Psalm 15 opens by David asking Yahweh who it would be who would get to live with Him forever. He asks with three (not two) locations in mind:
- Who shall dwell (guwr) in Your tabernacle?
- Who shall dwell (shakan) on Your holy hill?
Firstly, David was obviously referring to the great tent of meeting (the tabernacle) that Moses constructed after leading the Hebrews out of Egypt and in which the sacrificial system, under the Levitical priesthood, was inaugurated.
Though David wasn’t a priest himself, he revered the holy role of the Levites with specific regard to worship and the presence of God and, crucially, of the characteristics of those people who would be allowed to dwell with him. (See Psalm 19:14).
Secondly, when David asks a second time, “who shall (shakan) on your holy hill?”, he is not only using the Hebraic device of repetition (asking the question more than once); this second word for ‘dwell’ carries with it, by stark contrast to the nomadic tabernacle, the profound meaning (largely lost on us today) of permanence and citizenship. Hence came the temple, (1 Kings 6).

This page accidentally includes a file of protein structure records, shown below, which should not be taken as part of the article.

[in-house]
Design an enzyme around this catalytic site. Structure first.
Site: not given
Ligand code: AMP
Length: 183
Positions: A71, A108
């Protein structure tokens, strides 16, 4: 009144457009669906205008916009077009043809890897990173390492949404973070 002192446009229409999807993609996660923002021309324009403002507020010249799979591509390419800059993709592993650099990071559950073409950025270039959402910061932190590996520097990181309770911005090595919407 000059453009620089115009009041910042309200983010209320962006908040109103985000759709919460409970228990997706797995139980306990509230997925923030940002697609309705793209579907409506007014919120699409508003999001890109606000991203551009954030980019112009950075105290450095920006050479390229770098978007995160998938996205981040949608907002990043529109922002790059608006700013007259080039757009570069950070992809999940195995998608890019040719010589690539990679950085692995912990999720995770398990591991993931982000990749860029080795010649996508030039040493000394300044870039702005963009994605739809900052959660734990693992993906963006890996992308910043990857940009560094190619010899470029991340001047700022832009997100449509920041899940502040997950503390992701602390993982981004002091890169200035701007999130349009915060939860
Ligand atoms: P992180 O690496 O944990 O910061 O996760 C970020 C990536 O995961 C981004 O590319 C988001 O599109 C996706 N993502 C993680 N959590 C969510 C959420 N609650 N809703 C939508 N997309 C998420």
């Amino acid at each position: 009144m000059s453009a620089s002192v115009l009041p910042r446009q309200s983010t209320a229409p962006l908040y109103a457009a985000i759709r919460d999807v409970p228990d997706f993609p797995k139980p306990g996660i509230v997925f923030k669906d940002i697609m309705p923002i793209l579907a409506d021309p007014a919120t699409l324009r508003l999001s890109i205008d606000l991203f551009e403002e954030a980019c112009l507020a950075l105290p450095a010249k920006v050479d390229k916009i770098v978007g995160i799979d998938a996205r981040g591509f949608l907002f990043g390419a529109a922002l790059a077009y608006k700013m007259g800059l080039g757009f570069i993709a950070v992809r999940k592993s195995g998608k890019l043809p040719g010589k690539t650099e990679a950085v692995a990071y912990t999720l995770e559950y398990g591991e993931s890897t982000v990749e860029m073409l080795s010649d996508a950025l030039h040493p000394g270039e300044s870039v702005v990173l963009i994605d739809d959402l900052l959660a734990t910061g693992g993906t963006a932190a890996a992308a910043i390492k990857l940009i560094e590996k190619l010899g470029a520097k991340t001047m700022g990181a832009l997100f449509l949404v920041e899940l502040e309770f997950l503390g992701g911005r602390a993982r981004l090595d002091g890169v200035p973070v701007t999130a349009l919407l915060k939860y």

Thirdly, the tabernacle is obviously replaced by the more permanent/fixed temple but even this renovation was still dealing in types and shadows.
Rather, as David prayed, he was prophetically meditating on the eternal dwelling/abiding that his heart craved (see Psalm 63:1,3) – the New Jerusalem – and that “permanent dwelling” was not going to be the experience of everyone who professed faithfulness to Yahweh. (see Matthew 7:21-23).
“LORD, who shall dwell on your holy hill?”
The answer is summarised by, “he who thinks and speaks the truth in this heart” (Psalm 15 v2[b]; Psalm 19:4; Psalm 24:4).
When we look at the professing “church” today – daring to take the Name Christ – who is it that will dwell on His holy hill?
cf. 1 Corinthians 11:18-19